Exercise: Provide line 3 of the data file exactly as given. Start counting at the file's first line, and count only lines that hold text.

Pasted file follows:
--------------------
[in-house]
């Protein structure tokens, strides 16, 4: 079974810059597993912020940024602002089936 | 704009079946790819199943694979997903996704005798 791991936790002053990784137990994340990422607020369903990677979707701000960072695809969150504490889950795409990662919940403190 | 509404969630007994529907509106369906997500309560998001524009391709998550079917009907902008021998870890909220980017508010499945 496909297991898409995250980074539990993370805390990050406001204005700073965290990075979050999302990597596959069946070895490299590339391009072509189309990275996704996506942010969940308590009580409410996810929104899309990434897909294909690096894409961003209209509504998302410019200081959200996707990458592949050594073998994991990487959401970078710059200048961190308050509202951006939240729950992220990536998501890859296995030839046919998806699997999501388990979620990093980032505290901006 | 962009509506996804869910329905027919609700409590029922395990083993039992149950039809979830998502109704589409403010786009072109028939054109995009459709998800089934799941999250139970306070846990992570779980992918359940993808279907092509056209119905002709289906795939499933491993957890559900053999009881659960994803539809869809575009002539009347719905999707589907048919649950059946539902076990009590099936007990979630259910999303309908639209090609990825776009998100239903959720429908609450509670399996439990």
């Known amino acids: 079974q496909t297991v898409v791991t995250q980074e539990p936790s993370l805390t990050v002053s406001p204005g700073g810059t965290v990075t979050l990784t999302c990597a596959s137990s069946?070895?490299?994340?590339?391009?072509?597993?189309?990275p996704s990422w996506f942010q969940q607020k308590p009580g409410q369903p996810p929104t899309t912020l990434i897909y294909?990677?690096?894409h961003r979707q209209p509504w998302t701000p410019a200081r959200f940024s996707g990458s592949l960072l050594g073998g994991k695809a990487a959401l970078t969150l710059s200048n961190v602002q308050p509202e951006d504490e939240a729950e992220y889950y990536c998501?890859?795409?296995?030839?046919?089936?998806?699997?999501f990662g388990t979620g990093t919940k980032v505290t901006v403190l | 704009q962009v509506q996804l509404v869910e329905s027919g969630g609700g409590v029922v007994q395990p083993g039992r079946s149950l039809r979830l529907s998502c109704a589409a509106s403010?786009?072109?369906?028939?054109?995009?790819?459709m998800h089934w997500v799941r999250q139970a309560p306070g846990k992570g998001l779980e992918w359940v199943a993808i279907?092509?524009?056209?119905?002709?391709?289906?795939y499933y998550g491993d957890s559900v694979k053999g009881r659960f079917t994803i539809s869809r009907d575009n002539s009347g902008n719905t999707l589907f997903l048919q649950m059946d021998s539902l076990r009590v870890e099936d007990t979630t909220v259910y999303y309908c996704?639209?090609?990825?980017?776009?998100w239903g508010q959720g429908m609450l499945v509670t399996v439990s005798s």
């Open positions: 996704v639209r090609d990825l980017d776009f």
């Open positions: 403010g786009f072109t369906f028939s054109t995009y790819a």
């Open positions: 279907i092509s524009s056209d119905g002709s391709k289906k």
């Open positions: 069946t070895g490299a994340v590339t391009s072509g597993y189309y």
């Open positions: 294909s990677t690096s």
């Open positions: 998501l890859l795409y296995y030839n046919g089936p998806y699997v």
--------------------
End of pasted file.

């Known amino acids: 079974q496909t297991v898409v791991t995250q980074e539990p936790s993370l805390t990050v002053s406001p204005g700073g810059t965290v990075t979050l990784t999302c990597a596959s137990s069946?070895?490299?994340?590339?391009?072509?597993?189309?990275p996704s990422w996506f942010q969940q607020k308590p009580g409410q369903p996810p929104t899309t912020l990434i897909y294909?990677?690096?894409h961003r979707q209209p509504w998302t701000p410019a200081r959200f940024s996707g990458s592949l960072l050594g073998g994991k695809a990487a959401l970078t969150l710059s200048n961190v602002q308050p509202e951006d504490e939240a729950e992220y889950y990536c998501?890859?795409?296995?030839?046919?089936?998806?699997?999501f990662g388990t979620g990093t919940k980032v505290t901006v403190l | 704009q962009v509506q996804l509404v869910e329905s027919g969630g609700g409590v029922v007994q395990p083993g039992r079946s149950l039809r979830l529907s998502c109704a589409a509106s403010?786009?072109?369906?028939?054109?995009?790819?459709m998800h089934w997500v799941r999250q139970a309560p306070g846990k992570g998001l779980e992918w359940v199943a993808i279907?092509?524009?056209?119905?002709?391709?289906?795939y499933y998550g491993d957890s559900v694979k053999g009881r659960f079917t994803i539809s869809r009907d575009n002539s009347g902008n719905t999707l589907f997903l048919q649950m059946d021998s539902l076990r009590v870890e099936d007990t979630t909220v259910y999303y309908c996704?639209?090609?990825?980017?776009?998100w239903g508010q959720g429908m609450l499945v509670t399996v439990s005798s």